It was Justin Fenton – Contact Reporter of the Baltimore Sun that said, “Baltimore had more homicides last year than New York City, Philadelphia and Los Angeles, all considerably larger cities. Only Chicago, also a considerably larger city, had more.”
What I interpreted was the following: Major cities across the U.S. are losing more fathers at an increasingly rapid rate.
More homicides. More broken families. More makeshift memorials – Less fathers. I gazed at my little black boy, one day to be a man, someday to become a father; no day that I would live to see, him succumb to the more.
A Father, living in [Baltimore]: An inner city. Home to countless Black men struggling to cultivate their beautiful seedlings in a garden of dilapidated dwellings and rubble; spanned across miles of intricate city blocks. Yet, there is splendor here – within these walls, these Baltimore city limits.
I spotted them. A father and his son, together, selling chilled beverages to passersby seemingly from dawn until dusk. I pulled over to observe in amazement of the sheer joy on this father’s sweat beaten face while he watched his son, with great admiration, enjoy his carefree lifestyle. His son appeared to be about three years of age and delighted to play in the partially unkempt grass. He did not need any lavish toys or electronic devices. He was content simply by his father’s presence. I smiled as I took in the child’s laughter and “watch me daddy” chants. This piqued my interest and thus, I set out on a mission to discover my B.M.F - Black Men fathering.
At a local coffee shop, I stumbled upon a group of Black men comprised of entrepreneurs; engineers; firefighters; architects; photographers; and barbers. I took a seat. I found out that the men met monthly to celebrate the joys, and growing pains of fatherhood sprinkled with playdates for their children.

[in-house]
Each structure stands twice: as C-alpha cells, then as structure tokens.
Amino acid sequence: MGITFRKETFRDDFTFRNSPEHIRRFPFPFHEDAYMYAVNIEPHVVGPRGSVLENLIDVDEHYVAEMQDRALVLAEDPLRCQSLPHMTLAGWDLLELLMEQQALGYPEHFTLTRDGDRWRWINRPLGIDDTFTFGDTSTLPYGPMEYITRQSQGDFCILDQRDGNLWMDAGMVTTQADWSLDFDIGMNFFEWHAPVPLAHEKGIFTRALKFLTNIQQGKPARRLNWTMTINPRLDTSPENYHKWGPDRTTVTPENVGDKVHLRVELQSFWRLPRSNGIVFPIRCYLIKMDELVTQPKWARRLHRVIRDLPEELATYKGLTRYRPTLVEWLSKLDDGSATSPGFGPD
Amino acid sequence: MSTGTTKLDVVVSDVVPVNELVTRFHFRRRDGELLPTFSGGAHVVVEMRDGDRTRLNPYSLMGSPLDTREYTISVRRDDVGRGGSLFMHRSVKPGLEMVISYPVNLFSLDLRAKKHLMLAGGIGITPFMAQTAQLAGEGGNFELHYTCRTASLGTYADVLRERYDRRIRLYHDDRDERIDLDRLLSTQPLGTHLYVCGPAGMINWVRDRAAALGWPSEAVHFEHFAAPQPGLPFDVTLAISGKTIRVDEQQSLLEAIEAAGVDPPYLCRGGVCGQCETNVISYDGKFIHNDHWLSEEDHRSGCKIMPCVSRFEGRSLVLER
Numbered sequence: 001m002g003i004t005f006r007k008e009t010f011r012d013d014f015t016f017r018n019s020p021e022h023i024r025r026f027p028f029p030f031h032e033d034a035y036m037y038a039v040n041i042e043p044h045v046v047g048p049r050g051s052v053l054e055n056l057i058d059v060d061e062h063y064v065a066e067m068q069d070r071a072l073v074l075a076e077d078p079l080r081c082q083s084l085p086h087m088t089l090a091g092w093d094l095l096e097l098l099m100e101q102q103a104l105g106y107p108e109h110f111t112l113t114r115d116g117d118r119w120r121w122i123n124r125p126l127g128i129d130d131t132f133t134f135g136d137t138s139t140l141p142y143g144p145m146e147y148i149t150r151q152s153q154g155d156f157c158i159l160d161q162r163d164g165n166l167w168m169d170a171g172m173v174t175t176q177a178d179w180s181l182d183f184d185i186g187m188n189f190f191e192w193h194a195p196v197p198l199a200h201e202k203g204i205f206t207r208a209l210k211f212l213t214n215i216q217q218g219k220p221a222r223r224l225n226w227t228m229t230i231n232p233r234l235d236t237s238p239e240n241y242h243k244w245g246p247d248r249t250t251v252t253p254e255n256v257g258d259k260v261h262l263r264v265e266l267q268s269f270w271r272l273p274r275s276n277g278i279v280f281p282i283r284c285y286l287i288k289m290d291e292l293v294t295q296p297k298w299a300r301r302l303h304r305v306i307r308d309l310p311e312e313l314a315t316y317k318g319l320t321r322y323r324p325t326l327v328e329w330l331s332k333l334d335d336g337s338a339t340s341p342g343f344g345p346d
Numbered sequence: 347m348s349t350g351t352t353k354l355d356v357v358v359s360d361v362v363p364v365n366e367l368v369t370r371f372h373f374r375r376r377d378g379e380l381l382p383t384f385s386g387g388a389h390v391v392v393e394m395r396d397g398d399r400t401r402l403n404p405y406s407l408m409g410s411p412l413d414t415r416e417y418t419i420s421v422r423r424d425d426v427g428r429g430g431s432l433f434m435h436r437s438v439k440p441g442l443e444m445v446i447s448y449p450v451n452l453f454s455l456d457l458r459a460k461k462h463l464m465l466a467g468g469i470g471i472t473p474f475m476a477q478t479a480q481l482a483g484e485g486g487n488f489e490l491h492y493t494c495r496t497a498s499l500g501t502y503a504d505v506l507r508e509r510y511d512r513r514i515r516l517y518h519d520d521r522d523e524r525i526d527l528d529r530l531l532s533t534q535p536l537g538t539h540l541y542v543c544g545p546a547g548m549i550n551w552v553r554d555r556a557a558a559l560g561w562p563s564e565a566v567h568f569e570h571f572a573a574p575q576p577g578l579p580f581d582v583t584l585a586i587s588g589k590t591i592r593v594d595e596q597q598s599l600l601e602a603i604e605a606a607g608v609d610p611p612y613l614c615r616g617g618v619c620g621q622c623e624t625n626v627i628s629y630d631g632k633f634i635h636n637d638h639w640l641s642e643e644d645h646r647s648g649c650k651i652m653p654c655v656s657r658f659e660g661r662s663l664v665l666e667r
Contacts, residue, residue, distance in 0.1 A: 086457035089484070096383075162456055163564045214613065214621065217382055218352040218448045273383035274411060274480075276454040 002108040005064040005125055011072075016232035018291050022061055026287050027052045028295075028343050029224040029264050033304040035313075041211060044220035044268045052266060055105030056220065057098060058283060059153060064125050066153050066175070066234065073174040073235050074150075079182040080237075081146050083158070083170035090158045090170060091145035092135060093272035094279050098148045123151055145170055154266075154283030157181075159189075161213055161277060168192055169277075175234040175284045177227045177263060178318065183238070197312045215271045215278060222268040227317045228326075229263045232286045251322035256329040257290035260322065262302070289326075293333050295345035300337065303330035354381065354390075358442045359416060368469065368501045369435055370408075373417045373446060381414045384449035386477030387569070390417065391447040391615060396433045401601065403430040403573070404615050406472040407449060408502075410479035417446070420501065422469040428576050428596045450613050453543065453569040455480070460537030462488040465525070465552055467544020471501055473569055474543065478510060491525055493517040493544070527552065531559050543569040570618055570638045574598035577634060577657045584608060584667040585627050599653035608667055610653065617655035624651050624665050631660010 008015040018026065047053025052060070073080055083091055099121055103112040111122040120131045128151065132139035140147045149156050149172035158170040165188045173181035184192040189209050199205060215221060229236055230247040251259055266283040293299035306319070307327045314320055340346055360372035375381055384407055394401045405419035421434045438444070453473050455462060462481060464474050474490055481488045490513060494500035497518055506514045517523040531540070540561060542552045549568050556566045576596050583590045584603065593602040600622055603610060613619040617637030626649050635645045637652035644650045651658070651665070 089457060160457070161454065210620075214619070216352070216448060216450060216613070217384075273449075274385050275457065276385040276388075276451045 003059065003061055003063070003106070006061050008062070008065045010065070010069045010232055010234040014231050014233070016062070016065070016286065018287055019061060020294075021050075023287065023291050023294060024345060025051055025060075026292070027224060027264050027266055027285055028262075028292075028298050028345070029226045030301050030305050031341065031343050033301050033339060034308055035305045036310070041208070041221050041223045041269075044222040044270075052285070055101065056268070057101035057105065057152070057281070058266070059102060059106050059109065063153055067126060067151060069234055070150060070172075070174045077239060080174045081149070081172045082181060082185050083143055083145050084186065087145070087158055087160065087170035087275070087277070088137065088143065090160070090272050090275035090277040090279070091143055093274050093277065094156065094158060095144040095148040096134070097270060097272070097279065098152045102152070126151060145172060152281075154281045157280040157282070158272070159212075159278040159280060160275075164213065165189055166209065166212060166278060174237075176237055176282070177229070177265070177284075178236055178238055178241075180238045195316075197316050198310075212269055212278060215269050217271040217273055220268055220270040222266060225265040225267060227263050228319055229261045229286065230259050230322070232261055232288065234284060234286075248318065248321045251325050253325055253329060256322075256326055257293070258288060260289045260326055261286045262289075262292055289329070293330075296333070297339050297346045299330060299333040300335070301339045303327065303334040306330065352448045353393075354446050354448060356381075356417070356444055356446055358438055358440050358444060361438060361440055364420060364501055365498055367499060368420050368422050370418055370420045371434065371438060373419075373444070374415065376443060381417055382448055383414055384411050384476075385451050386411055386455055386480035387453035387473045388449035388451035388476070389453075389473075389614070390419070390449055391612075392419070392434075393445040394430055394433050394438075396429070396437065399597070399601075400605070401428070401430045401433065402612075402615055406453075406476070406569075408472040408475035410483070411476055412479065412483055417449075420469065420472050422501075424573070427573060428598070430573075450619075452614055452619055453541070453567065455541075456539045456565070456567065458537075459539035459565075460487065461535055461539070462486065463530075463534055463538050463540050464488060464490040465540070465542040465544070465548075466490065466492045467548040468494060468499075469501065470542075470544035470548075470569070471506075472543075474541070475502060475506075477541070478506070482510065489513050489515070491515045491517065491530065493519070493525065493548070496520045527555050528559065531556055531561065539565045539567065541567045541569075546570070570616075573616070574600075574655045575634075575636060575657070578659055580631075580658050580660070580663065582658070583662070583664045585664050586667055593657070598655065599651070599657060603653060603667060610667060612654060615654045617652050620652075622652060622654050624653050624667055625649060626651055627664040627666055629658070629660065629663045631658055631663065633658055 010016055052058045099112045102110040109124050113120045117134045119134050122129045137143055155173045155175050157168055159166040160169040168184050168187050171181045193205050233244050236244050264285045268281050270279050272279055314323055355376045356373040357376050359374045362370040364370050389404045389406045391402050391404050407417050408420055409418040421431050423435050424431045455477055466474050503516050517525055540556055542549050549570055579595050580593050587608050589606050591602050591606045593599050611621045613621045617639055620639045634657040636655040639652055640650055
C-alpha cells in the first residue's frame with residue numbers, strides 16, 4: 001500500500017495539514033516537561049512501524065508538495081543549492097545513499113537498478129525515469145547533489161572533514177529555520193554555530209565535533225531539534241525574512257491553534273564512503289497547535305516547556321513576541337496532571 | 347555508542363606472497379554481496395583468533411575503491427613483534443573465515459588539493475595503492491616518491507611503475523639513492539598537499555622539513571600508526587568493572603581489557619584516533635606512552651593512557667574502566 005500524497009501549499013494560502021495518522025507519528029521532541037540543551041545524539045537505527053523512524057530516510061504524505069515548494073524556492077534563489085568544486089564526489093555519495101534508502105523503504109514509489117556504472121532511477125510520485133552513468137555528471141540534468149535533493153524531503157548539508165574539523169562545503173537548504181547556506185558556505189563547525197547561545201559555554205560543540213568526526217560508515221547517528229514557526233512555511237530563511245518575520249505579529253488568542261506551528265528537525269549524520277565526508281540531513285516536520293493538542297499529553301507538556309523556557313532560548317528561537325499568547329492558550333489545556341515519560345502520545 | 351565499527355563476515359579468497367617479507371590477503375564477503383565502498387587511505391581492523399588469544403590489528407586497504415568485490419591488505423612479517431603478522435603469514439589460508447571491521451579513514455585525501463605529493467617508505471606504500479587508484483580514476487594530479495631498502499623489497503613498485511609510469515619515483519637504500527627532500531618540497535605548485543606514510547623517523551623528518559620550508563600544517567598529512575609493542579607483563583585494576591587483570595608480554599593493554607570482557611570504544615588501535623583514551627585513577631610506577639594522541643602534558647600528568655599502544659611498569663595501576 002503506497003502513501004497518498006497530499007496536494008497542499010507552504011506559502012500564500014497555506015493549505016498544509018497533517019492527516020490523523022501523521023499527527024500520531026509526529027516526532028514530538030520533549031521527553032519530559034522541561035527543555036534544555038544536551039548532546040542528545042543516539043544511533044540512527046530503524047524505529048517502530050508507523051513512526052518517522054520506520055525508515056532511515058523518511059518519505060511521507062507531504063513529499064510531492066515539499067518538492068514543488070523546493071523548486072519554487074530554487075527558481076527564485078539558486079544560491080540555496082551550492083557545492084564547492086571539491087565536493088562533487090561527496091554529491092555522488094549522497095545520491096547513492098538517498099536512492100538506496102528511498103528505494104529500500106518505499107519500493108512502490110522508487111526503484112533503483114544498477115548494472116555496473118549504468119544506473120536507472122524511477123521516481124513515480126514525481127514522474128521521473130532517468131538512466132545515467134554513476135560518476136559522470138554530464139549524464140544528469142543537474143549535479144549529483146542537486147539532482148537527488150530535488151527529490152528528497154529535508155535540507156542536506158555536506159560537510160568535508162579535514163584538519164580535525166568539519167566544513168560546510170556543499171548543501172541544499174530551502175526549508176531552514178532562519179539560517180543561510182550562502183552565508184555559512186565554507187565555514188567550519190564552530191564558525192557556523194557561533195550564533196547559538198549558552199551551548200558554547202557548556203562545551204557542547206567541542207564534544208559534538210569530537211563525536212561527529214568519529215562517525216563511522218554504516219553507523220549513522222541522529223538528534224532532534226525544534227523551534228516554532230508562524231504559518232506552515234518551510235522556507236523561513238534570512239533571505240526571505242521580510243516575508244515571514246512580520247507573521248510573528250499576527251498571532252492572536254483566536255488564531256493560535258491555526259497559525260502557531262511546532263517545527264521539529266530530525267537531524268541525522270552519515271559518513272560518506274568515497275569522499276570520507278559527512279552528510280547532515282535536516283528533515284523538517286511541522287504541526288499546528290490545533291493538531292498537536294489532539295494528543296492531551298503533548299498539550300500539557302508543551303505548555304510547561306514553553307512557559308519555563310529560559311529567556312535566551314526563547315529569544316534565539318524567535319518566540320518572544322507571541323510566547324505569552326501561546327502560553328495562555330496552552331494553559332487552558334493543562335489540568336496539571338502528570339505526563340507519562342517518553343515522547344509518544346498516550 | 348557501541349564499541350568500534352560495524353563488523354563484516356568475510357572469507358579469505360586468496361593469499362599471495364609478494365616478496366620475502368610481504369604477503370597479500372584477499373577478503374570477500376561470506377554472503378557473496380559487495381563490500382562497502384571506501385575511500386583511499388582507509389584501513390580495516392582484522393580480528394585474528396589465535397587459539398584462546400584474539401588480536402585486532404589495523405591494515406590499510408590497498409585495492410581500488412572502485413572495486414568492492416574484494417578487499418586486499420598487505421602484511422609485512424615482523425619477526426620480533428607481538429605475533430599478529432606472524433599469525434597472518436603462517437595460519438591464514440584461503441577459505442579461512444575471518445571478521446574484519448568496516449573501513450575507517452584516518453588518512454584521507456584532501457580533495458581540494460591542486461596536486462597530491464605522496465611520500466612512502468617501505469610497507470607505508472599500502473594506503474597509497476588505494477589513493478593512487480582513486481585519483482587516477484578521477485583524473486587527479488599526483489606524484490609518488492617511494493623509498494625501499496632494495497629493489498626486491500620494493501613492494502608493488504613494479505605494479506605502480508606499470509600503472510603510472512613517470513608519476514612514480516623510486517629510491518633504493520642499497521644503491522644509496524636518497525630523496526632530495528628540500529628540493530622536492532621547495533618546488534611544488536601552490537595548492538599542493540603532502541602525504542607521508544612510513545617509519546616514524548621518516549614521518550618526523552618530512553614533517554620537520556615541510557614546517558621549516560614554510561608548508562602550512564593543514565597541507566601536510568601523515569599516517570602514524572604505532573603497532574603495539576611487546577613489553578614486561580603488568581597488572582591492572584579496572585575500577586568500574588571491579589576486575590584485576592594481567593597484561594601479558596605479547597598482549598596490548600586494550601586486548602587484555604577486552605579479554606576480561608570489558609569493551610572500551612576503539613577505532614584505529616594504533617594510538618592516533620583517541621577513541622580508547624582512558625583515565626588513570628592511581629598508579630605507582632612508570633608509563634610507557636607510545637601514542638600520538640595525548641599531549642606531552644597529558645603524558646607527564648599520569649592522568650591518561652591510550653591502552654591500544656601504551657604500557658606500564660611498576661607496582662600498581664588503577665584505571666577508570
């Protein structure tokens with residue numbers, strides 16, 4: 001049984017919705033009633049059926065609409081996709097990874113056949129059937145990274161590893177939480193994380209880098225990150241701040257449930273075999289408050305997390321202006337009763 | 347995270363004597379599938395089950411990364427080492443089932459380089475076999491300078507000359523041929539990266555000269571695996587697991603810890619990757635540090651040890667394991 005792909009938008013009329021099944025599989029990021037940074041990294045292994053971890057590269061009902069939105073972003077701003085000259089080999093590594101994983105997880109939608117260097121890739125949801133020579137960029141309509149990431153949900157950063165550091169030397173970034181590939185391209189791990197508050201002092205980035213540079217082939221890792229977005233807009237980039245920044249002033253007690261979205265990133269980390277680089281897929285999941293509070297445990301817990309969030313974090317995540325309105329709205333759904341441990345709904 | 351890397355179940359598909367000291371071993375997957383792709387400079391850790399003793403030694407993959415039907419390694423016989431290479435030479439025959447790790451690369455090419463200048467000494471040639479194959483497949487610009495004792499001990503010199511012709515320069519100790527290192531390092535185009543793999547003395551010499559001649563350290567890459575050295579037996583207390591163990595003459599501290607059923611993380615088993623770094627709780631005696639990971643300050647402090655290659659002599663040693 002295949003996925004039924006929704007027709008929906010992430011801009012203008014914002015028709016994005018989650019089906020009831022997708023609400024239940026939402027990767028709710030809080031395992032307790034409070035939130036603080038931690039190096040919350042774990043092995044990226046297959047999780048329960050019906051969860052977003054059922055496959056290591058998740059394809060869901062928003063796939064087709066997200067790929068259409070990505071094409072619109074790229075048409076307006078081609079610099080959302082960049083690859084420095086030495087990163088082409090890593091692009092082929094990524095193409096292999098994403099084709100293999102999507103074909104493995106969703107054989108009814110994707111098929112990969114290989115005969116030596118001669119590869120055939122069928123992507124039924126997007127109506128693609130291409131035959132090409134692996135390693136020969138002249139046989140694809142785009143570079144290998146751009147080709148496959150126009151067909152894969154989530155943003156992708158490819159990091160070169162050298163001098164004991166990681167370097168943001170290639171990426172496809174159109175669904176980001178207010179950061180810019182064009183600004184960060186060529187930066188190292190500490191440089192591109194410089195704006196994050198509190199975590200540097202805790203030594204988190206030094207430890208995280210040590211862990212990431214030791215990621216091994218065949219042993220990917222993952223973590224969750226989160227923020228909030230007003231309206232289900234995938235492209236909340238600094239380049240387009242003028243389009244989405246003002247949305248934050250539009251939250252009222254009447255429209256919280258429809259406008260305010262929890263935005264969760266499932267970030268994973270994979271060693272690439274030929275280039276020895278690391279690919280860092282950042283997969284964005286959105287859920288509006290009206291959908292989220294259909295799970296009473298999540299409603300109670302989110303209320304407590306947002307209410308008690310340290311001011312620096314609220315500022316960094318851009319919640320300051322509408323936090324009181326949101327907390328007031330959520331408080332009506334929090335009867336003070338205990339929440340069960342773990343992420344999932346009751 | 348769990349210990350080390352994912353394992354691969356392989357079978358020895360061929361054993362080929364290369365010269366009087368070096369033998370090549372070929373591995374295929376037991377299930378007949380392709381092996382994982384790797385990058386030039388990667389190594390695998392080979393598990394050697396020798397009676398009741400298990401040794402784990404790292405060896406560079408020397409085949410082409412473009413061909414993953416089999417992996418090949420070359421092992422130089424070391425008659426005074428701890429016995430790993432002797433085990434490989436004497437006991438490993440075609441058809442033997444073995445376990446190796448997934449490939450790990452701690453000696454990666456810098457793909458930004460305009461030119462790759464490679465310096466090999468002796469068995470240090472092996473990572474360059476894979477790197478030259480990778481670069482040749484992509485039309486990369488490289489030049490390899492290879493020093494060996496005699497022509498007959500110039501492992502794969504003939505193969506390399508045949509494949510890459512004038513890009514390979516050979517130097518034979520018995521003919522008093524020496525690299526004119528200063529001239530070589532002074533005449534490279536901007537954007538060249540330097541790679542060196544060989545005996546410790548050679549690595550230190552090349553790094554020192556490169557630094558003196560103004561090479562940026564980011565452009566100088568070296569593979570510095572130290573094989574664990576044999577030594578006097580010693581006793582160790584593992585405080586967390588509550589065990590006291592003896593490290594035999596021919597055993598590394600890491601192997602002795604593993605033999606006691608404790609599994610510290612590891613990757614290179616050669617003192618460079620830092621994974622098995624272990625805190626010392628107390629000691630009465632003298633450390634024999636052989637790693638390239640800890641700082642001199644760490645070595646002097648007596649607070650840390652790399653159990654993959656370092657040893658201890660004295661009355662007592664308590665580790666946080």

One young father, the barber, advised that there is power in teaching his sons about the possibilities in life. He asks them on a regular basis what they want to be, where they want live, and how they plan to achieve their goals. He summed up his lessons to his sons by simply stating, “If you want nothing in life, it is easy to obtain. Simply do nothing. If you want something, then it requires hard work and diligence. You should always want something.” He went on to say that despite what the issues plagued by the city, he shows his sons both the good and the bad. He allows them choose which way they want to live their lives. As he added that he cannot pretend or allow his sons to move through life in rose colored glasses. Rather and more often than not, when they are aware of their environment they will choose responsibly.
I observed the architect push his newborn baby girl in a fancy stroller system while his pre-school aged son stood on the foot petals and enjoyed the ride through the aisles. He was an incredibly attentive father, ever so often telling his son to hang on tightly because he did not want him to fall. The faint sounds of “okay daddy” could be heard across the room. I was intrigued.
What I learned in my self-invitation to such an intimate piece of their lives is that men need as much support as women do, if not more. Too often I had the perception of what a man’s role should be. He is to exude strength at all times, harness his anger under pressure, carry the weight of the world on his shoulders because they are broad enough, and protect his family at all times because he is the head. Yet, in this intimate moment what I thought, in reality, was not always so. Our Black men are strong, yes, but they are nurturing and have emotions that they bottle for fears of misconception, they get tired and have moments of self-doubt. They, too, struggle with the state of the Black community and our place in the current climate, while trying to protect and raise a family. They fear the one day of becoming a part of the more. They fear being forgotten. They make incredible sacrifice that goes unnoted. They use each other as sound boards and value one others opinions. They use their time within that meeting to develop long lasting friendships and bond with their children.
As Father’s Day approaches, I think about the Black men who lack the support that some of these fathers have found. Yes I explore the possibilities of many men finding the support they need to carry on.
On this Father’s Day, I want to honor Dads that have a MESSage and continue to radiate and spread their goodness into the universe no matter how rough and harsh their environments may be.
Happy Father’s Day.
MESSage by Kandace Bowens Campbell